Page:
June 16, 2010
How to Grow Out of the Decline
By Michael Shellenberger and Ted Nordhaus
Monday's dismal manufacturing report and Tuesday's deal to slash spending have spooked the markets, which fear lower growth. While Obama and the Democrats say they will now focus on increasing jobs, the question is what can actually be done to grow the economy?
For Vaclav Smil, the famously pessimistic polymath, the answer is clear: the U.S. must manufacture its way out of decline.
Smil, virtually unknown in the United States, is no armchair pundit. The author of 32 books on risks, catastrophes and much else, Smil is a legend to energy wonks like Bill Gates and was the first non-American to win an AAAS Award for Public Understanding of Science and Technology.
In a detailed piece for Breakthrough Journal on "The Manufacturing of Decline" Smil argues that:
"the most practical and proven way to reduce America's huge trade imbalance is to export more manufactured goods in well-established sectors. Consider that from 2000 to 2008, America's exports of medicinal and pharmaceutical products expanded nearly threefold, industrial chemicals grew 2.4-fold, primary plastics 2.2-fold, and sales of power-generating machinery equipment rose by 70 percent. These accomplishments point the way: we cannot boost manufacturing by trying to repatriate millions of lost apparel, furniture, or electronics jobs. These losses cannot be reversed rapidly and most of those jobs would not come back even if Chinese exports suddenly ceased, as other countries would fill that vacuum. Rather, the solution is to expand those manufacturing sectors that are already outstanding exporters."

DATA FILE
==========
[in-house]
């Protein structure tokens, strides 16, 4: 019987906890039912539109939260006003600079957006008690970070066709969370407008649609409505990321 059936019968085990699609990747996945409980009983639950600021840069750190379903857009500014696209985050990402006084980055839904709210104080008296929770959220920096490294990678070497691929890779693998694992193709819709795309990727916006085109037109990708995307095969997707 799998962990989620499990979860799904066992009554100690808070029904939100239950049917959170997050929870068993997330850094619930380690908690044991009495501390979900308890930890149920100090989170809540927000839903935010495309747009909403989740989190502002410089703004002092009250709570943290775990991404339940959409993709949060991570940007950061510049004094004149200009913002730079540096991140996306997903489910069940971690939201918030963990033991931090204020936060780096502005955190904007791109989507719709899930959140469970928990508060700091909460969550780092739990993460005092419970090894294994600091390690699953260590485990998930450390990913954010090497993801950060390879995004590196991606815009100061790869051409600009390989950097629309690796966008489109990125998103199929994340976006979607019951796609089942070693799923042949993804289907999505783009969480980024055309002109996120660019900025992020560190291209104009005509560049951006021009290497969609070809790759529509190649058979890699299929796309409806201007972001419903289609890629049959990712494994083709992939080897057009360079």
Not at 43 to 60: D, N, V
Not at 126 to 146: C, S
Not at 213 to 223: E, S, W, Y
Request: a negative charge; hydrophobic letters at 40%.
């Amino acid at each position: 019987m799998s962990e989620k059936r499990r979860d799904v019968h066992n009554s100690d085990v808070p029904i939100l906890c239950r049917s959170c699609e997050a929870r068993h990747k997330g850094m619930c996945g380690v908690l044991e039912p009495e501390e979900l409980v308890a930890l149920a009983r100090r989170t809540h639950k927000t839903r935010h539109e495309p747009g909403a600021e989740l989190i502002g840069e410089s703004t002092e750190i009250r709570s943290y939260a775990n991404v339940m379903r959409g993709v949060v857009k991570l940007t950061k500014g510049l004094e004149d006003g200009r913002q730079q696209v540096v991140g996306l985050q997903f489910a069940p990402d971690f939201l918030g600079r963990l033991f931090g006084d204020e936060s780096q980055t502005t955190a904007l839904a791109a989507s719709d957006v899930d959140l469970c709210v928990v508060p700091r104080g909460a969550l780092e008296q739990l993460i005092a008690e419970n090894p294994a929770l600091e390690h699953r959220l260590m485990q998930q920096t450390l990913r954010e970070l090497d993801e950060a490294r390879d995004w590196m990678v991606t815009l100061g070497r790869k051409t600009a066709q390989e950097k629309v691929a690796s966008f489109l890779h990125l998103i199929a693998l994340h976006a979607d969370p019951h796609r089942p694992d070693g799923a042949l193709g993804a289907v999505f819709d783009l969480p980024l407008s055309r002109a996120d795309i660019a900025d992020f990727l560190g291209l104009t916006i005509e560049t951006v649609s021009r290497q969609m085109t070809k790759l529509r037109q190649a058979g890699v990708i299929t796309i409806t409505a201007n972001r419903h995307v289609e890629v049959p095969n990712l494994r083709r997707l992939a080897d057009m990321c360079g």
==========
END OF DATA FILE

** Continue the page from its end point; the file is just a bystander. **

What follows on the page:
Smil attacks the optimism of those who wish for the service economy and dot coms to save America, noting "Facebook is valued by Goldman Sachs at $50 billion, nearly as much as Boeing, but Boeing employs some 160,000 people, whereas Facebook only employs 2,000."
Manufacturing is critical because it produces "economic benefits that finance and service sectors do not. The higher outputs from manufacturing create important backward-forward linkages that include many traditional jobs (from accounting to job training) as well as entirely new labor opportunities (in e-sales, global representation). As a result, sales of every dollar of manufactured products support $1.40 of additional activity, while the retail sector generates less than 60 cents for every dollar of final sales. In terms of job creation there is no comparison."
It's a self-destructive myth to believe the U.S. can't compete with China, whose "comparative advantages were created through government policies, not granted by nature." Smil, who is a professor at the University of Manitoba, adds, "There is no reason the United States could not reverse the fortunes of its manufacturing sector as it did in the 1980s with semiconductors and as Germany did more recently with its high-end consumer and industrial products."
What specifically should be done? Read Smil's full piece here and find out.